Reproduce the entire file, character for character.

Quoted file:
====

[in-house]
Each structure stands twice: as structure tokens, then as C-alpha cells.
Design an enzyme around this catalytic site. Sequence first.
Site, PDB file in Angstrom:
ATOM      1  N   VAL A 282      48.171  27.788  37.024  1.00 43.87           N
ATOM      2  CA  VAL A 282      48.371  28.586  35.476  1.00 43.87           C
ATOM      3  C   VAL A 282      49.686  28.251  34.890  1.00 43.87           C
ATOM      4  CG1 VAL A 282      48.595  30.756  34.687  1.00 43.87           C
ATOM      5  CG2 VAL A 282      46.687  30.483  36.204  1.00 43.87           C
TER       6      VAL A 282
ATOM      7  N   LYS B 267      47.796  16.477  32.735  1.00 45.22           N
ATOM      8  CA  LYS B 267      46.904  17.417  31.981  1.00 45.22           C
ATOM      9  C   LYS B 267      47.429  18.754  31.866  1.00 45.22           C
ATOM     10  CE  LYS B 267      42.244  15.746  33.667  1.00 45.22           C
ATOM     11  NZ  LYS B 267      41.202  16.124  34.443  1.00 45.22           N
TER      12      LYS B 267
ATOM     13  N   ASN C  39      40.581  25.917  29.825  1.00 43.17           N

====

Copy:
[in-house]
Each structure stands twice: as structure tokens, then as C-alpha cells.
Design an enzyme around this catalytic site. Sequence first.
Site, PDB file in Angstrom:
ATOM      1  N   VAL A 282      48.171  27.788  37.024  1.00 43.87           N
ATOM      2  CA  VAL A 282      48.371  28.586  35.476  1.00 43.87           C
ATOM      3  C   VAL A 282      49.686  28.251  34.890  1.00 43.87           C
ATOM      4  CG1 VAL A 282      48.595  30.756  34.687  1.00 43.87           C
ATOM      5  CG2 VAL A 282      46.687  30.483  36.204  1.00 43.87           C
TER       6      VAL A 282
ATOM      7  N   LYS B 267      47.796  16.477  32.735  1.00 45.22           N
ATOM      8  CA  LYS B 267      46.904  17.417  31.981  1.00 45.22           C
ATOM      9  C   LYS B 267      47.429  18.754  31.866  1.00 45.22           C
ATOM     10  CE  LYS B 267      42.244  15.746  33.667  1.00 45.22           C
ATOM     11  NZ  LYS B 267      41.202  16.124  34.443  1.00 45.22           N
TER      12      LYS B 267
ATOM     13  N   ASN C  39      40.581  25.917  29.825  1.00 43.17           N